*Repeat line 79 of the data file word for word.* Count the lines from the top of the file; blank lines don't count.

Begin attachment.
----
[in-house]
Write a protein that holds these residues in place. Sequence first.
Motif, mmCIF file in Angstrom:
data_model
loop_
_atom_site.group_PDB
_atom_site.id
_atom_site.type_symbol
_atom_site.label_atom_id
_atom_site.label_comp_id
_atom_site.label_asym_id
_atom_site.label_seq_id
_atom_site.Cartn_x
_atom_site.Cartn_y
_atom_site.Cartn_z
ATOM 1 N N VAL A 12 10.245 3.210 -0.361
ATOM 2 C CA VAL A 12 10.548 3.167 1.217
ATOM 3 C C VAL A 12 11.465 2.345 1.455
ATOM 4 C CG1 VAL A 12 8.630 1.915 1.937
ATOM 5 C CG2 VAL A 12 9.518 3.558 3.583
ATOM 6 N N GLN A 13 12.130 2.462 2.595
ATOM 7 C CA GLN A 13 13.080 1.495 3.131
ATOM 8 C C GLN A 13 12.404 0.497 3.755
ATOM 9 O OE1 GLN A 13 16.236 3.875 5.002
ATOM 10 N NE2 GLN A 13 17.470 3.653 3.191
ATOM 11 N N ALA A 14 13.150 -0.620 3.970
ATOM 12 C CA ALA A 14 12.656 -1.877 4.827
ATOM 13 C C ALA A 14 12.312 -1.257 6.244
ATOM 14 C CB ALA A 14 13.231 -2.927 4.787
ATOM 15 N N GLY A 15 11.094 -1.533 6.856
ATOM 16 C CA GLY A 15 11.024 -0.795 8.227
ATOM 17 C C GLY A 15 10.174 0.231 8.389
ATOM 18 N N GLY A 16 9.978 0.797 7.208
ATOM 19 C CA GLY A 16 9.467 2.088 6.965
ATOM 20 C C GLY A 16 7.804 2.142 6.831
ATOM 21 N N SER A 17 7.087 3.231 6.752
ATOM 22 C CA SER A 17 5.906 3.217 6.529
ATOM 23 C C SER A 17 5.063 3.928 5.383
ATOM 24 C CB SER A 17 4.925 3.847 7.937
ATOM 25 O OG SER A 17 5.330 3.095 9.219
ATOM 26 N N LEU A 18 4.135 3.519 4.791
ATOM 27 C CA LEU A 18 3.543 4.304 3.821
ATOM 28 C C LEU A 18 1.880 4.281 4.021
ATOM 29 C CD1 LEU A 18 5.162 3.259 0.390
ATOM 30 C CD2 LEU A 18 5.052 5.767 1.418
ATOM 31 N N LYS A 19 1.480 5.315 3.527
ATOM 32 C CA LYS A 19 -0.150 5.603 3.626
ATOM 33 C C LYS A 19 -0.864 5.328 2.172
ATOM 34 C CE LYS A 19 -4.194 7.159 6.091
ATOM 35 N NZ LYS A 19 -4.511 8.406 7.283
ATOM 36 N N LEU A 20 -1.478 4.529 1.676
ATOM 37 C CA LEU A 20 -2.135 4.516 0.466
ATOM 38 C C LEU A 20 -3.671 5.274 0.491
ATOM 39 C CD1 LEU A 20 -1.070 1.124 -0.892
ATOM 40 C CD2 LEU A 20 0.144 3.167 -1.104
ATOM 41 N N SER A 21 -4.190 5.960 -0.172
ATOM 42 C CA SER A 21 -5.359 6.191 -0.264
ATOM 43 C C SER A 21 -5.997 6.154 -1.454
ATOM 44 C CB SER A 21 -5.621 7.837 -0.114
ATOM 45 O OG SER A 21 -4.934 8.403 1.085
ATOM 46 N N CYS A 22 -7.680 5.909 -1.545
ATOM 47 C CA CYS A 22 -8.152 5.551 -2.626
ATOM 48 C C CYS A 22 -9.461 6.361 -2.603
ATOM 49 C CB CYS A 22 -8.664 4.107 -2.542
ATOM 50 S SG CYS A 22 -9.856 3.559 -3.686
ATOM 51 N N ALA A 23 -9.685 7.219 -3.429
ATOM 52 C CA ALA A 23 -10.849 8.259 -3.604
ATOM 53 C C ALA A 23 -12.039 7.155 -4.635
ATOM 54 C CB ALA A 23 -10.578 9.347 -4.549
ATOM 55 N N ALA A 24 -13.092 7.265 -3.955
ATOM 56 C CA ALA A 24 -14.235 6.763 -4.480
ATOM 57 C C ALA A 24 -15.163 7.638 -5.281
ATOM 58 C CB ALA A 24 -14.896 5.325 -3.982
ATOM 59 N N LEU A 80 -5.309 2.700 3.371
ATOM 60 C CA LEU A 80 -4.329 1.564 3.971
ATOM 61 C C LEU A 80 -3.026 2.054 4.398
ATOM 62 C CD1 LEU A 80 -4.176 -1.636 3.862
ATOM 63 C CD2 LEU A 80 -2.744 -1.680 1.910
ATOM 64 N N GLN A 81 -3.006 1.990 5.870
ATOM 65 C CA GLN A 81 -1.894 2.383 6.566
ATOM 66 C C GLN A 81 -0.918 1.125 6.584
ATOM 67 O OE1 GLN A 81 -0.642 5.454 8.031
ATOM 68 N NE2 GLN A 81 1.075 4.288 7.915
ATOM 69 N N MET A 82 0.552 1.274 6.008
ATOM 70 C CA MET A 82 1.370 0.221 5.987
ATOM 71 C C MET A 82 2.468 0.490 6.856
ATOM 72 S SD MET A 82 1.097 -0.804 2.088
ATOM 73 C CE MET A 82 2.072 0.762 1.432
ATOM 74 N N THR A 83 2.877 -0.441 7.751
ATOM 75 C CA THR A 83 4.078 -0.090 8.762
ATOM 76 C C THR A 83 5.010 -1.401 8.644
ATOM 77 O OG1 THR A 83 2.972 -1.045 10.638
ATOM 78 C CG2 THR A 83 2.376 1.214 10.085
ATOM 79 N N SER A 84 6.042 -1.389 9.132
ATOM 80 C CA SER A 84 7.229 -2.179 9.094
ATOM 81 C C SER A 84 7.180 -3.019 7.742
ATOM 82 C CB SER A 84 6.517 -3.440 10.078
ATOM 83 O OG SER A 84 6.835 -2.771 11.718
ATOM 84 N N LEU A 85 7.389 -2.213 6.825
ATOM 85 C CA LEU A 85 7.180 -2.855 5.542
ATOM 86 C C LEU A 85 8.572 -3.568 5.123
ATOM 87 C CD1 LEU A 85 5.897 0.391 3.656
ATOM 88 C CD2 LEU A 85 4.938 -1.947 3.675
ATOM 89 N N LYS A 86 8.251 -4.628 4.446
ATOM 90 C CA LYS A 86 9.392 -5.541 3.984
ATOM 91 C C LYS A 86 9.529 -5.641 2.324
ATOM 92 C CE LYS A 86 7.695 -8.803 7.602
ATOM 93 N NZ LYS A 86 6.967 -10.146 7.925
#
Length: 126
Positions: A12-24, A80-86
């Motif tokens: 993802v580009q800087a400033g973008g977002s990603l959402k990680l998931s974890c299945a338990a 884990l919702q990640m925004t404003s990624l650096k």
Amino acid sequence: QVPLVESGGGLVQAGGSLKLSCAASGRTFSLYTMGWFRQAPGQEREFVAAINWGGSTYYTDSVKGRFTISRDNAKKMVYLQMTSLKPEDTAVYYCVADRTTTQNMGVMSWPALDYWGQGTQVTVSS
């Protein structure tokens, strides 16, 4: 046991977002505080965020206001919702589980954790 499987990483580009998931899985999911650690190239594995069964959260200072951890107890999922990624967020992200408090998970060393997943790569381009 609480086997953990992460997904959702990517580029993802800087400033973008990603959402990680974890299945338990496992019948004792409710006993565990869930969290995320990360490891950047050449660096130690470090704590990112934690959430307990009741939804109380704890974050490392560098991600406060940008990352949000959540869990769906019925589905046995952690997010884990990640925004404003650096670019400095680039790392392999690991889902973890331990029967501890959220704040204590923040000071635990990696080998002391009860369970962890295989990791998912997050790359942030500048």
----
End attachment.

ATOM 64 N N GLN A 81 -3.006 1.990 5.870